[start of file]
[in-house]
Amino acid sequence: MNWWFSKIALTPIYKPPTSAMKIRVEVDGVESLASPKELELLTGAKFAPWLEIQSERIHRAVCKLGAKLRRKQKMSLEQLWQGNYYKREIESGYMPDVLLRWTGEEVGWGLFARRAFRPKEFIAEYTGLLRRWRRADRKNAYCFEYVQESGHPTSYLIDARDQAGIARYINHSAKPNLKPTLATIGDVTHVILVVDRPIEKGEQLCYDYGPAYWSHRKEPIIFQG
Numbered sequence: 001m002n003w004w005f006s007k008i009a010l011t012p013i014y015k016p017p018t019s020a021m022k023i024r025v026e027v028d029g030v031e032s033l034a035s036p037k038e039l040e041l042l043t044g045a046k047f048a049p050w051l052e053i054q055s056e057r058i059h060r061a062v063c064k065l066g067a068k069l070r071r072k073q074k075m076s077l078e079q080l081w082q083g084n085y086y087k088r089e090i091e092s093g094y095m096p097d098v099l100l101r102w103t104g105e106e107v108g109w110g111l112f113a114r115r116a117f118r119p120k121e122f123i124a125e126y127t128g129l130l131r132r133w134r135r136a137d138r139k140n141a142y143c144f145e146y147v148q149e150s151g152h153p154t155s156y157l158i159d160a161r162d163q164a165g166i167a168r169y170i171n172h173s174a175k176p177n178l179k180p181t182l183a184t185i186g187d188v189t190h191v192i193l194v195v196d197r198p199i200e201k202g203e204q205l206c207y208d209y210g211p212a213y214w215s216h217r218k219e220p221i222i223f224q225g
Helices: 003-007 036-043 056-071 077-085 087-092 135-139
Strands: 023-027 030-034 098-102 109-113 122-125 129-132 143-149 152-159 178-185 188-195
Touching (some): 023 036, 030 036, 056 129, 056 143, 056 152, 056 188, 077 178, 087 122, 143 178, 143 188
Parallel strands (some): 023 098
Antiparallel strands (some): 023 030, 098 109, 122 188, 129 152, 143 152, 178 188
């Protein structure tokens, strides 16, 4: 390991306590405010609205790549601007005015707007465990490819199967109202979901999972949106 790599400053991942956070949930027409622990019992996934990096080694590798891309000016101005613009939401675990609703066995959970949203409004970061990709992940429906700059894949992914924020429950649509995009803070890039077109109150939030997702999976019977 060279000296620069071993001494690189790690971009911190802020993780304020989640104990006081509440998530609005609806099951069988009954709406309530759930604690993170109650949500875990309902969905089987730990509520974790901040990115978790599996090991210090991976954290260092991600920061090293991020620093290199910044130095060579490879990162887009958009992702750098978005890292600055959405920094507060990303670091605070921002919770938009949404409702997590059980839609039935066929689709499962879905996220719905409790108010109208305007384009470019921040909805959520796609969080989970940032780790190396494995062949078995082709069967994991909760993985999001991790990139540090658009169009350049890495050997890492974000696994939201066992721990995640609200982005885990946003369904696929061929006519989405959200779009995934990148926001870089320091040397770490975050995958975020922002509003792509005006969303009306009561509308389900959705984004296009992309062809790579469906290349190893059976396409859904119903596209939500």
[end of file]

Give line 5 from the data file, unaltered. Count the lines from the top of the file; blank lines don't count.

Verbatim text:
Strands: 023-027 030-034 098-102 109-113 122-125 129-132 143-149 152-159 178-185 188-195